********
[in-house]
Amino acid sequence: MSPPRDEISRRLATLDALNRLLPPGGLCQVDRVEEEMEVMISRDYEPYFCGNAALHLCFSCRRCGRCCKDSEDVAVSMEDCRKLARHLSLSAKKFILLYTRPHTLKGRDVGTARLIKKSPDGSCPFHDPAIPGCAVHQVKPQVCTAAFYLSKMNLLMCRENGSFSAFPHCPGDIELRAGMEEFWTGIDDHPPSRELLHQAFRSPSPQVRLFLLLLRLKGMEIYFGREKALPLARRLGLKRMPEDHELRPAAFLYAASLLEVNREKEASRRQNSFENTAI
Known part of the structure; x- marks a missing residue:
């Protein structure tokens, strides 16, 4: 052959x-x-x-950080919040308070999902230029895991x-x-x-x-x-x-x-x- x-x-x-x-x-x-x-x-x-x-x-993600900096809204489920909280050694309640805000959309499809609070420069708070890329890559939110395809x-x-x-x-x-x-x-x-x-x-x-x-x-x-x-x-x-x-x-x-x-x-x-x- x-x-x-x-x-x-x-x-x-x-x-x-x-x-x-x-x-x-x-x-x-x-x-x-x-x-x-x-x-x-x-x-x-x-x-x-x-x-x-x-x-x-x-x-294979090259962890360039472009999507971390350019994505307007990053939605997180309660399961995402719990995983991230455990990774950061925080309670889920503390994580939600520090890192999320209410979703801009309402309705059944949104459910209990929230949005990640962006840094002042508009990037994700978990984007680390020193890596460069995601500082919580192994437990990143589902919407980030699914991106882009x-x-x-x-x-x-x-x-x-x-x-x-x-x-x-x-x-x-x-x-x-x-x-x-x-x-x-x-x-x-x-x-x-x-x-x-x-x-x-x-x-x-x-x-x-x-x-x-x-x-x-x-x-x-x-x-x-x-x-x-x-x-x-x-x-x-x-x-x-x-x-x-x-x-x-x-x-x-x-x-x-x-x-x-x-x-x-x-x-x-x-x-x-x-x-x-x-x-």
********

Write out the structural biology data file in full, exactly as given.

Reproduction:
[in-house]
Amino acid sequence: MSPPRDEISRRLATLDALNRLLPPGGLCQVDRVEEEMEVMISRDYEPYFCGNAALHLCFSCRRCGRCCKDSEDVAVSMEDCRKLARHLSLSAKKFILLYTRPHTLKGRDVGTARLIKKSPDGSCPFHDPAIPGCAVHQVKPQVCTAAFYLSKMNLLMCRENGSFSAFPHCPGDIELRAGMEEFWTGIDDHPPSRELLHQAFRSPSPQVRLFLLLLRLKGMEIYFGREKALPLARRLGLKRMPEDHELRPAAFLYAASLLEVNREKEASRRQNSFENTAI
Known part of the structure; x- marks a missing residue:
């Protein structure tokens, strides 16, 4: 052959x-x-x-950080919040308070999902230029895991x-x-x-x-x-x-x-x- x-x-x-x-x-x-x-x-x-x-x-993600900096809204489920909280050694309640805000959309499809609070420069708070890329890559939110395809x-x-x-x-x-x-x-x-x-x-x-x-x-x-x-x-x-x-x-x-x-x-x-x- x-x-x-x-x-x-x-x-x-x-x-x-x-x-x-x-x-x-x-x-x-x-x-x-x-x-x-x-x-x-x-x-x-x-x-x-x-x-x-x-x-x-x-x-294979090259962890360039472009999507971390350019994505307007990053939605997180309660399961995402719990995983991230455990990774950061925080309670889920503390994580939600520090890192999320209410979703801009309402309705059944949104459910209990929230949005990640962006840094002042508009990037994700978990984007680390020193890596460069995601500082919580192994437990990143589902919407980030699914991106882009x-x-x-x-x-x-x-x-x-x-x-x-x-x-x-x-x-x-x-x-x-x-x-x-x-x-x-x-x-x-x-x-x-x-x-x-x-x-x-x-x-x-x-x-x-x-x-x-x-x-x-x-x-x-x-x-x-x-x-x-x-x-x-x-x-x-x-x-x-x-x-x-x-x-x-x-x-x-x-x-x-x-x-x-x-x-x-x-x-x-x-x-x-x-x-x-x-x-």